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How Do Dairy Cows Chew?

December 5, 2018

Summary by Kai Yuan, PhD

 

In the field, we usually pay attention only to the particle size of feed offered to the cows, NOT the size of the chewed and ingested particles. An interesting study evaluated the relationship between the particle lengths of feeds compared with respective swallowed bolus particles.

 

PARTICLE SIZE OF INGESTED FEED

(Schadt et al., 2011)

Forage Type  NDF, % of DM  Feed Size, mm Bolus Size, mm Chews/g NDF
Long ryegrass hay 57.1 10.3 (c) 2.6
50-mm rye “hay” 58.6 42.2 (a) 9.9 (c) 3.5
19-mm PSPS hay 57.9 43.5 (a) 10.7 (bc) 2.2
8-mm PSPS hay 59.1 25.1 (b) 10.8 (bc) 1.7
1.18 PSPS hay 54.2 9.7 (f) 8.1 (d) 1.9
Grass Silage 53.1 13.8 (c) 11.6 (ab) 0.4
Corn Silage 48.1 12.0 (e) 11.2 (bc) 0.7
TMR 37.7 13.1 (d) 12.5 (a) 0.6

Key Points:

1. Regardless of the lengths of feeds offered to the cows, the ingested bolus sizes are around 9 to 11 mm, indicating that cows chew the feeds and reduce the particle sizes to a threshold size before swallowing.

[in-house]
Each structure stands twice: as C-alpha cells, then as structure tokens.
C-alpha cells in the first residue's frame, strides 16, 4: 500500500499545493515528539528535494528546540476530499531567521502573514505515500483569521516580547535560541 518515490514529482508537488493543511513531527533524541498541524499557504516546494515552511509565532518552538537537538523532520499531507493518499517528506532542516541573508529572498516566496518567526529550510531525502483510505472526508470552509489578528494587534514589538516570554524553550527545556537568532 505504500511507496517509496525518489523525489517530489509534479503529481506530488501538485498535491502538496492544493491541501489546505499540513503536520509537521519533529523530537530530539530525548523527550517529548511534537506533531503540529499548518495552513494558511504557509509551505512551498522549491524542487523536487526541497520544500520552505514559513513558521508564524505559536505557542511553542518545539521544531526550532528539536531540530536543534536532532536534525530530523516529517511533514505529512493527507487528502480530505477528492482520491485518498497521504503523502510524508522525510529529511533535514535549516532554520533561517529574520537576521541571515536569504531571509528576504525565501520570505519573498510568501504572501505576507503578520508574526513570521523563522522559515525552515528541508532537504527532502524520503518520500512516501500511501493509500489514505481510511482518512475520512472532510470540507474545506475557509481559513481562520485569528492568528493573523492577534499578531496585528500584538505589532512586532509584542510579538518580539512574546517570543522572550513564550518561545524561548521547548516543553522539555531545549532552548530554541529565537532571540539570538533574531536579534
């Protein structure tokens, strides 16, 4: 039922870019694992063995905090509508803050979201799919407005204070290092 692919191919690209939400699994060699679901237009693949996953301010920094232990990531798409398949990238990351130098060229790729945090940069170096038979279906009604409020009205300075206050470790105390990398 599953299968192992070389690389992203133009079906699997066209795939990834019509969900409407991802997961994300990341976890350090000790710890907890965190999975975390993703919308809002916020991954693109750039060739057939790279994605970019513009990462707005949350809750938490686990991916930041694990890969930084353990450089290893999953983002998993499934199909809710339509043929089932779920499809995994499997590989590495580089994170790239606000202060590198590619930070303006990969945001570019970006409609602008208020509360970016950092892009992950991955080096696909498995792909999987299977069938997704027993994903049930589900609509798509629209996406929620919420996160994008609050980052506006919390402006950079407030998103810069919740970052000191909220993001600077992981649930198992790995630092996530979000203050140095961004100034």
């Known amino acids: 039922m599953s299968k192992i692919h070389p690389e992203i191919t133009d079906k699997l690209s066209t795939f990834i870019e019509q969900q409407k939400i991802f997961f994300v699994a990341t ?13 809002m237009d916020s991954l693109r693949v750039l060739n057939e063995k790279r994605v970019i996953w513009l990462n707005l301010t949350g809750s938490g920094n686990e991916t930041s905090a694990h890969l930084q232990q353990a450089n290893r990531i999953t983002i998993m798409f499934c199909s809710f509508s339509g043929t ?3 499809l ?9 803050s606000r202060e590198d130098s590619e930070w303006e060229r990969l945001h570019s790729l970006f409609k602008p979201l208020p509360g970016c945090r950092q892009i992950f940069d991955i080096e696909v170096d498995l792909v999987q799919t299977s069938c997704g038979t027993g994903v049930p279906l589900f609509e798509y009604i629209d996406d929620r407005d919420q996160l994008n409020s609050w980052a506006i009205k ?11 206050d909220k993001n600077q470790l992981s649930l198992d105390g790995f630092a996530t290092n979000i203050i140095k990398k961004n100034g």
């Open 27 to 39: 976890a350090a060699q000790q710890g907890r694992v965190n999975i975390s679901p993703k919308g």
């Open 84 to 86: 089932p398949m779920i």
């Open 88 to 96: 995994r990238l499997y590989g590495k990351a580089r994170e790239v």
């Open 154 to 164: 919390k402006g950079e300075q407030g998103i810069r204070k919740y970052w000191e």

2. Evidence showed that long particles not only promote sorting but also take cows longer time to consume and chew. In overstocked or limited bunk space situations, if the diets are too high in peNDF or contain a lot of large particles, cows have reduced dry matter intake due to longer time to chew and limited time to eat at the bunk. 

3. According to Miner Institute recommendation, there should be < 5% of feed on the top screen of the Penn State Shaker Box, > 50% of feed on the top mid screen, 10 to 20% on the bottom mid-screen, and 25 to 30% on the pan.

Feeding QLF Supplements help promote consistent intake of TMR, reduce the sorting of long particle forages, and allows for the feeding of diets with higher peNDF content.

 

*Schadt et al. 2012 Journal of Dairy Science 95:4707-4720

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